Today our stats team has published new data, forecasting that the proportion of people who die from cancer will continue to fall over the next 18 years.
Rather than penning another 1,000 word treatise on the matter, we thought we’d try something a bit different: presenting the results as an animated video:
(Here’s a transcript for anyone who can’t watch the video – there are some graphs further down the page too).
Our stats team first looked at different cancer types. As you can see, the stats show particularly noteworthy drops in the proportion of people dying from ovarian, bowel, breast and prostate cancers:
We think the main reasons for these projected falls are:
- Improvements in cancer diagnosis and care, as the fruits of decades of research continue to be taken up by the NHS.
- The introduction of the bowel screening programme.
- Recent changes in smoking habits.
All of this adds up to an overall drop from 170 out of every 100,000 people, to 142 per 100,000. That’s a 17 per cent drop.
These figures have been adjusted to take account of the UK’s ageing population (which, paradoxically, will actually lead to an overall increase in the absolute number of cases).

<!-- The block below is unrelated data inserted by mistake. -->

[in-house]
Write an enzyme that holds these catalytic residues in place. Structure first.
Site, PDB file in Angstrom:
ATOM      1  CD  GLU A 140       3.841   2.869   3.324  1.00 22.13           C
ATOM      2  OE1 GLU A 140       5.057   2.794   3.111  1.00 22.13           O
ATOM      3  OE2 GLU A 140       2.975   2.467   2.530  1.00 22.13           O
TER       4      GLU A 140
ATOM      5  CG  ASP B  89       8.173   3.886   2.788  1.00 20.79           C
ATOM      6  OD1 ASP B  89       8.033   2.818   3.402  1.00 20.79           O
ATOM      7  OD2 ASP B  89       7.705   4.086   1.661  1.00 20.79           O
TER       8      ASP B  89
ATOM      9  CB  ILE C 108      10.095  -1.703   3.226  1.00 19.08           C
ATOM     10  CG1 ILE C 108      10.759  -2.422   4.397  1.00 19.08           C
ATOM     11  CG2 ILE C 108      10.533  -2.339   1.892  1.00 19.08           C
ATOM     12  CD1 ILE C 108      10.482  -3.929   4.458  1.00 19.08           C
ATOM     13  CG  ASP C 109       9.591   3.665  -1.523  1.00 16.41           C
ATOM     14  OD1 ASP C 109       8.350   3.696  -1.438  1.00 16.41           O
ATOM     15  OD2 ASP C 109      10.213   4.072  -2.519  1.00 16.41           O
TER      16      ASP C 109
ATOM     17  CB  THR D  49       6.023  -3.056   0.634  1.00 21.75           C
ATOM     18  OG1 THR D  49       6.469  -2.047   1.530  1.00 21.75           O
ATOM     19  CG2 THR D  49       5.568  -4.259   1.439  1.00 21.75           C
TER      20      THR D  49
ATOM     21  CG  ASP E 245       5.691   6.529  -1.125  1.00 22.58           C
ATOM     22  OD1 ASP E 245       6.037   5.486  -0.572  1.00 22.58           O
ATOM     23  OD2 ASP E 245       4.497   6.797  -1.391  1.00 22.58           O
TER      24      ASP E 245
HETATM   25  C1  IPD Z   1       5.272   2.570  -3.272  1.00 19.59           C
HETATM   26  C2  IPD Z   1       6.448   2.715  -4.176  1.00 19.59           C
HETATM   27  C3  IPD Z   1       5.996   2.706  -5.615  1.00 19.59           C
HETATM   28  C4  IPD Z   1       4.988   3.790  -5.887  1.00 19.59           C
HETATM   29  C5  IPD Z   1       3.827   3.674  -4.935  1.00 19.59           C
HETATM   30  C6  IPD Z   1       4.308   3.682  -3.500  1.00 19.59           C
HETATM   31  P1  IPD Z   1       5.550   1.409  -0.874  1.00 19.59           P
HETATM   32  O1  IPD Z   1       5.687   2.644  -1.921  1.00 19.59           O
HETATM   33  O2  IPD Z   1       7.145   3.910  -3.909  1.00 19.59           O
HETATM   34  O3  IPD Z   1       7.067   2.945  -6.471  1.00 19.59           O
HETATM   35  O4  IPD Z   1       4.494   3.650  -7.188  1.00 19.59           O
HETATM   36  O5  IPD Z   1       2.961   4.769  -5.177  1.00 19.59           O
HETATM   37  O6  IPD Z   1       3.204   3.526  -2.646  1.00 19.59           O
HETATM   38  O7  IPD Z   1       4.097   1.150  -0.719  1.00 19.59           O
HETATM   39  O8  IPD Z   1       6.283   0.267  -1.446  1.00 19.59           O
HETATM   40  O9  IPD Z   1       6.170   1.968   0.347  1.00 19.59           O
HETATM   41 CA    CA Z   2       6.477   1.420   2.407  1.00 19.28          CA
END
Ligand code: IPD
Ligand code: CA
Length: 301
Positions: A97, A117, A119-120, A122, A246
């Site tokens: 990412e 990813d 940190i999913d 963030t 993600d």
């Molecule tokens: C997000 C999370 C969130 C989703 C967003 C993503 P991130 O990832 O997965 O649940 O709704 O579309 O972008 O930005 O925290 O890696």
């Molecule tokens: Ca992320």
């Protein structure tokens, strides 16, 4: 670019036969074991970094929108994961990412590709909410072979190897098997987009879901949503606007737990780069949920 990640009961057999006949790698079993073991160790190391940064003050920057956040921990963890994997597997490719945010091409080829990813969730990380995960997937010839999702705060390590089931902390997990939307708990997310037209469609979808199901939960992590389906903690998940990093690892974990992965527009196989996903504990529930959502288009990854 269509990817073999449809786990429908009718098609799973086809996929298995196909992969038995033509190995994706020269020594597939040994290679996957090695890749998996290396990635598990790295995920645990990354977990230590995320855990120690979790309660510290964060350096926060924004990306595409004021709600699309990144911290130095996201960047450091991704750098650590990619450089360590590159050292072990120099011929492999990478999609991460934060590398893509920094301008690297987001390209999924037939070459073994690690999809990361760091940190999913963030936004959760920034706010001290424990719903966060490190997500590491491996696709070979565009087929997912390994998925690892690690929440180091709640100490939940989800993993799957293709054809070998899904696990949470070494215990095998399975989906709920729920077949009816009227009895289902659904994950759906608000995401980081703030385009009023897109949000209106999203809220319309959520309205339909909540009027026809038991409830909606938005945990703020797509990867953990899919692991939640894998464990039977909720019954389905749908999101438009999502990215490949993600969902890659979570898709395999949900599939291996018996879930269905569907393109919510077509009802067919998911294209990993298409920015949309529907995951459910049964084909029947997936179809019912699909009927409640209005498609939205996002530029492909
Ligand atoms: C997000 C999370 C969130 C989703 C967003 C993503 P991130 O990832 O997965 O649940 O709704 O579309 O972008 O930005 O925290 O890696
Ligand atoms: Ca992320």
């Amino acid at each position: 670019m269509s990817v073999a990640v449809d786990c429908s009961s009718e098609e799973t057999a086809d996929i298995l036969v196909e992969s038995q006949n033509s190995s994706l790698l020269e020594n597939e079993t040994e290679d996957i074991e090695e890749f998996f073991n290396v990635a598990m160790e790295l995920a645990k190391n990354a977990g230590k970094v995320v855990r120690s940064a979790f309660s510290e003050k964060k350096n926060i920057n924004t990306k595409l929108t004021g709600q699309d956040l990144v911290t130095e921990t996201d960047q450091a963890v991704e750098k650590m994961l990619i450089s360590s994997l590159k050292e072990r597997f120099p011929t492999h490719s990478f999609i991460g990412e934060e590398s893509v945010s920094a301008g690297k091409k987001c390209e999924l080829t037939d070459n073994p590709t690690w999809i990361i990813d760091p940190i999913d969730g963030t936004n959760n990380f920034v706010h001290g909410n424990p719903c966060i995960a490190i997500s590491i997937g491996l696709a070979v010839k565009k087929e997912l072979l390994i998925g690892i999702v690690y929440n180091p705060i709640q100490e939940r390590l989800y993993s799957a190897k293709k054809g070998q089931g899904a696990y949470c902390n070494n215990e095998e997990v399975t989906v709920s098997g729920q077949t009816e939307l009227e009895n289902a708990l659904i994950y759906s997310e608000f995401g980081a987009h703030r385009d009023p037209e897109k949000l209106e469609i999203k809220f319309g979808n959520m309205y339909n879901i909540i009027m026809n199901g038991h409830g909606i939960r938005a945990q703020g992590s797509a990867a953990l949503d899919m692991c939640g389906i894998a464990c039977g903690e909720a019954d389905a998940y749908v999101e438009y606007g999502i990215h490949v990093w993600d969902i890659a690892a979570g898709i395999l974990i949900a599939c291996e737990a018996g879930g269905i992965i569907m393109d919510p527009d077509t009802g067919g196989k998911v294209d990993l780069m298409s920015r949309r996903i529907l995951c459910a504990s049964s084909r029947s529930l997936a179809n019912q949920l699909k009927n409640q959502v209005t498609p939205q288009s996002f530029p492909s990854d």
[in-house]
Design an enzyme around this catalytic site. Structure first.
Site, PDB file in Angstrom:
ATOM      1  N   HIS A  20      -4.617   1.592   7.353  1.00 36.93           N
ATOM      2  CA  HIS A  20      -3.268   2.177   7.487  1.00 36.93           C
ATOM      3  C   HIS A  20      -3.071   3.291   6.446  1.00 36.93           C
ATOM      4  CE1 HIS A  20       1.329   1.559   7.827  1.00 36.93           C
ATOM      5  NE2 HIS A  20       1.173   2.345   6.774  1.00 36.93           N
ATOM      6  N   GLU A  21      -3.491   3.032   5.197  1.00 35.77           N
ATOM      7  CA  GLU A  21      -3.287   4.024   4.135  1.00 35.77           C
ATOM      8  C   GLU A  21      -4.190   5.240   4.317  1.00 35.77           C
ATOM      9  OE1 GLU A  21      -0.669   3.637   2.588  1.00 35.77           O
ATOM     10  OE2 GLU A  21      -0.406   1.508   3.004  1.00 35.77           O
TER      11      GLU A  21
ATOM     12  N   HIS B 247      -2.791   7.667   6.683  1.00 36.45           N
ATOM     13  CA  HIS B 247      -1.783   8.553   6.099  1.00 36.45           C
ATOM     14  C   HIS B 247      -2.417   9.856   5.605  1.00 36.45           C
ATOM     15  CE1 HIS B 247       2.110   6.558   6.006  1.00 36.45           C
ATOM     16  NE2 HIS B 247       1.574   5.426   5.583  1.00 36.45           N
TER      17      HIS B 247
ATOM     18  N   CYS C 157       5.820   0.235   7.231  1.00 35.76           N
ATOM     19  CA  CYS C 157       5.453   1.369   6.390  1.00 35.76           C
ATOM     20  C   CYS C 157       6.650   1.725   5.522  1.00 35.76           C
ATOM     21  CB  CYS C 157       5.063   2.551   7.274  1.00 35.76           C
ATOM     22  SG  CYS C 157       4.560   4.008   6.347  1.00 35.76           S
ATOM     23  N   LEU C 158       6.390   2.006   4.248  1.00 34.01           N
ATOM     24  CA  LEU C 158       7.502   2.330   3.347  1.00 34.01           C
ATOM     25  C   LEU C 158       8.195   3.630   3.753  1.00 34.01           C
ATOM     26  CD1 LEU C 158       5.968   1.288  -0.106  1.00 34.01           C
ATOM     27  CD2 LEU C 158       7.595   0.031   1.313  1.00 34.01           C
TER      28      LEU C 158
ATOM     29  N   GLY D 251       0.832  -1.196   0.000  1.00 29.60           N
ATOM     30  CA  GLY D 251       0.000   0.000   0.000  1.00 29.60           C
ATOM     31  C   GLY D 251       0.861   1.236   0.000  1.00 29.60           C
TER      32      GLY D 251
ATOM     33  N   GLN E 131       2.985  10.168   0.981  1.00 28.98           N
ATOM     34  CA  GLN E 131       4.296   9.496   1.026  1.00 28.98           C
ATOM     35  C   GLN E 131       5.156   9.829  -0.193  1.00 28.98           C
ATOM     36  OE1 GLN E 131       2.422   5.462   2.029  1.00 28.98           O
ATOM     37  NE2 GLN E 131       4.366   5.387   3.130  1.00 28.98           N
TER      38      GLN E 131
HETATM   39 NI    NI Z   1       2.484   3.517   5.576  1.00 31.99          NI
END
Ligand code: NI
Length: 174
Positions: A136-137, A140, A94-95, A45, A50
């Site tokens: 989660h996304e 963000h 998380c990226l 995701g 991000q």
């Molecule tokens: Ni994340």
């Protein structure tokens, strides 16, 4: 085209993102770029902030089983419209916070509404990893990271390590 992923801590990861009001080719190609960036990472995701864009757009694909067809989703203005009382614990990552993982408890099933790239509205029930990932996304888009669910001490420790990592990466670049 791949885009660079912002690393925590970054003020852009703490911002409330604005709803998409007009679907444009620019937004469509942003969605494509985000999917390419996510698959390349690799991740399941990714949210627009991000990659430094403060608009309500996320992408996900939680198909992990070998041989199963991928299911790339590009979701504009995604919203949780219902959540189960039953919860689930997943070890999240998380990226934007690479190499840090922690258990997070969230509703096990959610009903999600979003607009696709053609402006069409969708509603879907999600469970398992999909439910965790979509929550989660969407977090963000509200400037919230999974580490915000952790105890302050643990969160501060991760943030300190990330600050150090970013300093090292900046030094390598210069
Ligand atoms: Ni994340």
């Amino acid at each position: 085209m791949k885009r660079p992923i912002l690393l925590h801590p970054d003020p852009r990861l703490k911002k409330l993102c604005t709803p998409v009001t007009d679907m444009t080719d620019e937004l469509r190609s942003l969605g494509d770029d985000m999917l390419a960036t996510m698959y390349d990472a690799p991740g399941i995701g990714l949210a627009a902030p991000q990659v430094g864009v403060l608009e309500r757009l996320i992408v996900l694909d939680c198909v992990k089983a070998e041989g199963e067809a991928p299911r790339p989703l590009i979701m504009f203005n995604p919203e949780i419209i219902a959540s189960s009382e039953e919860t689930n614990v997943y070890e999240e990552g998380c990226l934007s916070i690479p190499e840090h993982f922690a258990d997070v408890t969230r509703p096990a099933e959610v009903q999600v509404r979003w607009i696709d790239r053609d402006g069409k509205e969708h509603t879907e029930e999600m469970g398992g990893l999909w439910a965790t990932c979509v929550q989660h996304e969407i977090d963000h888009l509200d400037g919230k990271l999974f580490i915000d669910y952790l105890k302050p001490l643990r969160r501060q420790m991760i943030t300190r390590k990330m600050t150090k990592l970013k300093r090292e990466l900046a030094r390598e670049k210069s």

The new stats are good news, and show that the progress over past decades is set to continue in the future. And this is all thanks to research – research on how cancer develops, research on treatments, research on screening and diagnosis and research on understanding tobacco. And our research is only possible thanks to the support of the public.
So we’d like to say a big thanks to all our supporters, for helping improve things for so many people.
- Are our graphics helpful? We’d love to know what you think? – please leave your comment below
Henry Scowcroft September 26, 2012
Falling smoking rates won’t just affect lung cancer rates – at least 14 types of cancer are linked to smoking. But alongside trying to bring smoking rates down, one of the most important prevention policies in recent years has been the cervical screening and HPV vaccination programmes – the former has helped avoid an epidemic of cervical cancer, whereas the latter should help further reduce cervical cancer rates in the future.
And we should also mention the drop in stomach cancer rates over the last 40 years as infection with the H. pylori bacterium has become less common (probably because of better food hygiene and living standards).
Hope that clears things up,
Cancer Research UK
Dr Mills September 25, 2012
It’s fantastic that cancer can now often be considered a treatable disease and that so many lives can be saved.
One question though – on Radio 4’s Today programme a CRUK spokesman stated that prevention was helping to reduce the number of people dying of cancer. Excluding lung cancer, what reduction in cancer incidence rates has been due to prevention?